Modelling maternal obesity: The effects of a chronic high-fat, high-cholesterol diet on uterine expression of contractile-associated proteins and ex vivo contractile activity during labour in the rat

Ronan Muir, Jean Ballan, Bethan Clifford, Sarah McMullen, Raheela Khan, Anatoly Shmygol, Siobhan Quenby, Matthew Elmes

Research output: Contribution to journalArticlepeer-review

27 Citations (Scopus)

Abstract

Maternal obesity is associated with prolonged and dysfunctional labour and emergency caesarean section, but the mechanisms are unknown. The present study investigated the effects of an adiposity-inducing high-fat, high-cholesterol (HFHC) diet on uterine contractile-associated protein (CAP) expression and ex vivo uterine contractility in term non-labouring (TNL) and term labouring (TL) rats. Female rats were fed either control chow (CON n = 20) or HFHC (n = 20) diet 6 weeks before conception and during pregnancy. On gestational day 21 (TNL) or day 22 (TL) CON and HFHC (n = 10) rats were killed to determine plasma cholesterol, triacylglycerol and progesterone concentrations and collection of myometrium for contractility studies and expression of CAPs caveolin-1 (Cav-1), connexin-43 (CX-43) and it's phosphorylated form (pCX-43), oxytocin receptor (OXTR) and cyclooxygenase-2 (COX-2). HFHC feeding increased visceral fat (P≤0.001), plasma cholesterol (P≤0.001) and triacylglycerol (P=0.039) concentrations. Stage of labour effected uterine expression of CAV-1 (P<0.02), pCX43 and COX-2 (both P<0.03). CAV-1 and pCX43 decreased but COX-2 increased with parturition. Significant diet- and labour-stage interactions were evident for CX-43 and pCX43 (P<0.03 and P<0.004 respectively). CX-43 decreased with TL in HFHC animals but was unaltered in CON. pCX-43 fell with labour in CON but remained high in HFHC. OXTR expression was significantly higher in HFHC compared with CON animals (P<0.03). Progesterone was higher in HFHC rats at term (P<0.014) but fell significantly with labour to similar concentrations as CON. Contractility studies identified synchronous contractions of stable amplitude in lean animals, but unstable asynchronous contractions with obesity. Uterine dose response to oxytocin was blunted during labour in HFHC rats with a log EC50 of -8.84 compared with -10.25 M in CON for integral activity (P<0.05). In conclusion, our adiposity model exhibits adverse effects on contractile activity during labour that can be investigated further to unravel the mechanisms causing uterine dystocia in obese women.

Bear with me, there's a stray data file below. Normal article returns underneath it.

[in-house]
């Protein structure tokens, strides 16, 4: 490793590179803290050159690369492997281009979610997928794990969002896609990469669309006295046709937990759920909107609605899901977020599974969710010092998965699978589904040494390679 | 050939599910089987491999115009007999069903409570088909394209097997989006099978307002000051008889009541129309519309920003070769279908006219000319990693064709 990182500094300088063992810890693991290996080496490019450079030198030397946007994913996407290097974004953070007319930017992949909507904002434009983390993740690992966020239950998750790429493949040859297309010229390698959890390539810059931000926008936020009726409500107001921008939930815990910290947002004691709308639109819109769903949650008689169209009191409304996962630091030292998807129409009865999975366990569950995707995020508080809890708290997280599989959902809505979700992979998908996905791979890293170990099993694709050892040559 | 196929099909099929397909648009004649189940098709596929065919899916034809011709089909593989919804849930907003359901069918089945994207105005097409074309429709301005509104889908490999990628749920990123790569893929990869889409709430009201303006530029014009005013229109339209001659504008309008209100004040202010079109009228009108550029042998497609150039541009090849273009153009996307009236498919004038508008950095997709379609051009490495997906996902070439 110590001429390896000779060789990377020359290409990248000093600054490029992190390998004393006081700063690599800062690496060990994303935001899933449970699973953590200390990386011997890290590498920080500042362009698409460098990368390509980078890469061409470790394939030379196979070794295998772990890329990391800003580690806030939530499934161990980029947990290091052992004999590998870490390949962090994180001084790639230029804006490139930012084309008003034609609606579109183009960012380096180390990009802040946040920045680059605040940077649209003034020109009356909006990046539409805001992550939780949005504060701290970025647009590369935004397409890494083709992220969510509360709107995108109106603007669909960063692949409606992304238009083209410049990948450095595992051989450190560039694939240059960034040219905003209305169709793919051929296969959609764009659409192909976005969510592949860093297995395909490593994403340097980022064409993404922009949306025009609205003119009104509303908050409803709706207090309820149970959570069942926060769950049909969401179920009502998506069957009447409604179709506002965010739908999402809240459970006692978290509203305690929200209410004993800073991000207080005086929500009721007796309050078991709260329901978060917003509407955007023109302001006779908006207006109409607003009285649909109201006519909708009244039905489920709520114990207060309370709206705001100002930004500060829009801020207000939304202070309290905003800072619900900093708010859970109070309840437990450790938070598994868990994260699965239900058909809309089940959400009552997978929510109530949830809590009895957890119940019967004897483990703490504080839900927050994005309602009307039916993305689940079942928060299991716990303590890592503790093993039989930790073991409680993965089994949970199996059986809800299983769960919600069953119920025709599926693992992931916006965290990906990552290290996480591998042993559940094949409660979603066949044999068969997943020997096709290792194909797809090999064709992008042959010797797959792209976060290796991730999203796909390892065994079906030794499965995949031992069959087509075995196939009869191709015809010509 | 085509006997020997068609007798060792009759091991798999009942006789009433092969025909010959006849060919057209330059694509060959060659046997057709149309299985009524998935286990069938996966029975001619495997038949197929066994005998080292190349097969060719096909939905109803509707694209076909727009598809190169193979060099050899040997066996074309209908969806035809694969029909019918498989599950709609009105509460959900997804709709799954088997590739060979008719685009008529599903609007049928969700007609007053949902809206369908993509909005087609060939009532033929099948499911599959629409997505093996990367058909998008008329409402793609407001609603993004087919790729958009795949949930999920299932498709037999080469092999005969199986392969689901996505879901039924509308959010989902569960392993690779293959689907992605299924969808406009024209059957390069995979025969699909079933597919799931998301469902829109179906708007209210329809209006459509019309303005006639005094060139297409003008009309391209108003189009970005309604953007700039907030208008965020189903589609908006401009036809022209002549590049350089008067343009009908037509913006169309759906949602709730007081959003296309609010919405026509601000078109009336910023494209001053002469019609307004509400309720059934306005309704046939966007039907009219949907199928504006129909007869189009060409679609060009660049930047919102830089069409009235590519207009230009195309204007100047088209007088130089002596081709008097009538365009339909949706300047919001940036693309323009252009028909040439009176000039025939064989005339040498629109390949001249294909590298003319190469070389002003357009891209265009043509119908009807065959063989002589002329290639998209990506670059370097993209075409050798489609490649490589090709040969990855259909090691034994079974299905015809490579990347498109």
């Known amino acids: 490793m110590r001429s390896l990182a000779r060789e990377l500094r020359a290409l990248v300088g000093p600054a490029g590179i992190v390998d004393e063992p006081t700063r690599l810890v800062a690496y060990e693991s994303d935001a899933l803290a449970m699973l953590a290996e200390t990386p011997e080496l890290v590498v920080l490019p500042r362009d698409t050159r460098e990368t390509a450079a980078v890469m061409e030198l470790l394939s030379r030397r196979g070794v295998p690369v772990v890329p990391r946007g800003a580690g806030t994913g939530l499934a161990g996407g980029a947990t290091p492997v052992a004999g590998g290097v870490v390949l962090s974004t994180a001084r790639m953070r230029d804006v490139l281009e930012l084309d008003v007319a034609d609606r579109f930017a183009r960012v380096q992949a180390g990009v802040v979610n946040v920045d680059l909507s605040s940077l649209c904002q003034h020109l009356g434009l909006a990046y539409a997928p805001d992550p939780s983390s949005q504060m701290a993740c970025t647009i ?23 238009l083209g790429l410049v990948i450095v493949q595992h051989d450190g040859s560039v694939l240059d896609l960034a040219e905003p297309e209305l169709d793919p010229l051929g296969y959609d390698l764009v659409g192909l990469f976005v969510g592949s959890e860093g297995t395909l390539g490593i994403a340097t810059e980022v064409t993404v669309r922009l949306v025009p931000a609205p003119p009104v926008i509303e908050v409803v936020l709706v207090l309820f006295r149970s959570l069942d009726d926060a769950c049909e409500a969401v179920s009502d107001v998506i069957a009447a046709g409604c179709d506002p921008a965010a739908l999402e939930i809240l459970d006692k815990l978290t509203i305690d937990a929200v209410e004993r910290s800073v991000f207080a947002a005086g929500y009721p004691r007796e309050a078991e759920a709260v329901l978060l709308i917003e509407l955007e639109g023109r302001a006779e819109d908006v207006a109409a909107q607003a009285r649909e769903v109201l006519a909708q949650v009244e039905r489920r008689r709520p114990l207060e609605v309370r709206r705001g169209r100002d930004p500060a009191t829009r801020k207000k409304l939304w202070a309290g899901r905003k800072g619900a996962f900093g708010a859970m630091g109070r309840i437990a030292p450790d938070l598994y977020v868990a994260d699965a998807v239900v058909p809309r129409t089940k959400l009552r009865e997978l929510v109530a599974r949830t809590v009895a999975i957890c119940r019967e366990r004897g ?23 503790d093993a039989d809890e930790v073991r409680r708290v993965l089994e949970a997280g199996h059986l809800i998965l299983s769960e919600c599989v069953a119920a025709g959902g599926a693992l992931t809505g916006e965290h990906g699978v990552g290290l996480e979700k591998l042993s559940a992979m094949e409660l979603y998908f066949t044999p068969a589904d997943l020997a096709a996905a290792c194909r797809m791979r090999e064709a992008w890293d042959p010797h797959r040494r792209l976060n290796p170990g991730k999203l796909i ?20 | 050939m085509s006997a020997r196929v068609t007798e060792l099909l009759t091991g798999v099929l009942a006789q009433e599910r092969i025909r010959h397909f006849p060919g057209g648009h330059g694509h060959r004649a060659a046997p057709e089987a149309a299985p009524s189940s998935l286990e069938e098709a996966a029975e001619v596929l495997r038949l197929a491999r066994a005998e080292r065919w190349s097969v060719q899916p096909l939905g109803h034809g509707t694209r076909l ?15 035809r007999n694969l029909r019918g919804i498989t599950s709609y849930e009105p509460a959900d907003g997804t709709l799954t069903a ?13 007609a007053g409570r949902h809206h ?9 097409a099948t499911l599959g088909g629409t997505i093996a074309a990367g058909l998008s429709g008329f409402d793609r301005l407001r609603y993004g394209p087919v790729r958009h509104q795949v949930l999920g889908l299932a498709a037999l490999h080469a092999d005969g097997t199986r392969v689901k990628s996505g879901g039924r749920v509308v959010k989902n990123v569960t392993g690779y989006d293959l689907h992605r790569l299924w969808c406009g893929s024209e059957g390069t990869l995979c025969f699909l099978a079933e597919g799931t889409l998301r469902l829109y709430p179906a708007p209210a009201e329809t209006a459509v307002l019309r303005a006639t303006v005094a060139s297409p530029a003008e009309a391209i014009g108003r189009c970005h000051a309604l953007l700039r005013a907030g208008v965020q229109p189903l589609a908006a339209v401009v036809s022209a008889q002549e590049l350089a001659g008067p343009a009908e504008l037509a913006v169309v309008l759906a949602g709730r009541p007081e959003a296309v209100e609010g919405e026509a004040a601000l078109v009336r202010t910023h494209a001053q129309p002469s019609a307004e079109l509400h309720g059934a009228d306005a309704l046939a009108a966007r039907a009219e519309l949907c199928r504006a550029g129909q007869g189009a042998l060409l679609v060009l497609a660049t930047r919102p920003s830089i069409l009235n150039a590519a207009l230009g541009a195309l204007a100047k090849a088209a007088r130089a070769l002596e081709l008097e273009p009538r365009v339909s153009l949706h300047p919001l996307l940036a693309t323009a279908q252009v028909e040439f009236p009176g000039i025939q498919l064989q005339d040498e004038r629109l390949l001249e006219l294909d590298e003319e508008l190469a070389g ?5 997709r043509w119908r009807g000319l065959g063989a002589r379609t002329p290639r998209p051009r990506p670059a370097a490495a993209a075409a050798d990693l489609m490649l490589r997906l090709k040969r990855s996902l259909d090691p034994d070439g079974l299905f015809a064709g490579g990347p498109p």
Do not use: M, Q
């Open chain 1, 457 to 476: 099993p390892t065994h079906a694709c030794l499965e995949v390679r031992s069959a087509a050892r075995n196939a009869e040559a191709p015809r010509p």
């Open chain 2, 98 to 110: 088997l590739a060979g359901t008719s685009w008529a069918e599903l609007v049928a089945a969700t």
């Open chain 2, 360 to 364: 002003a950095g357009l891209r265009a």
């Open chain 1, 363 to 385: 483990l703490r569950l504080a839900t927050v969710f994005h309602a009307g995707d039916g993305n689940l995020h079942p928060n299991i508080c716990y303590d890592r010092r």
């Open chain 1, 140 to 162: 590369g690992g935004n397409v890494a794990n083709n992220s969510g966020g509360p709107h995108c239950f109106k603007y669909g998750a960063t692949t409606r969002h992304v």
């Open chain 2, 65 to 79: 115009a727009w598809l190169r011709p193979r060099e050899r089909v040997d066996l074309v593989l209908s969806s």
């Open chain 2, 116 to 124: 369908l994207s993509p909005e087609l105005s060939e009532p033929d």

Original languageEnglish
Pages (from-to)183-192
Number of pages10
JournalClinical Science
Volume130
Issue number3
DOIs
Publication statusPublished - 2016
Externally publishedYes

Keywords

  • Connexin 43
  • Labour
  • Maternal obesity
  • Oxytocin
  • Oxytocin receptor
  • Uterine contractility

ASJC Scopus subject areas

  • Medicine(all)

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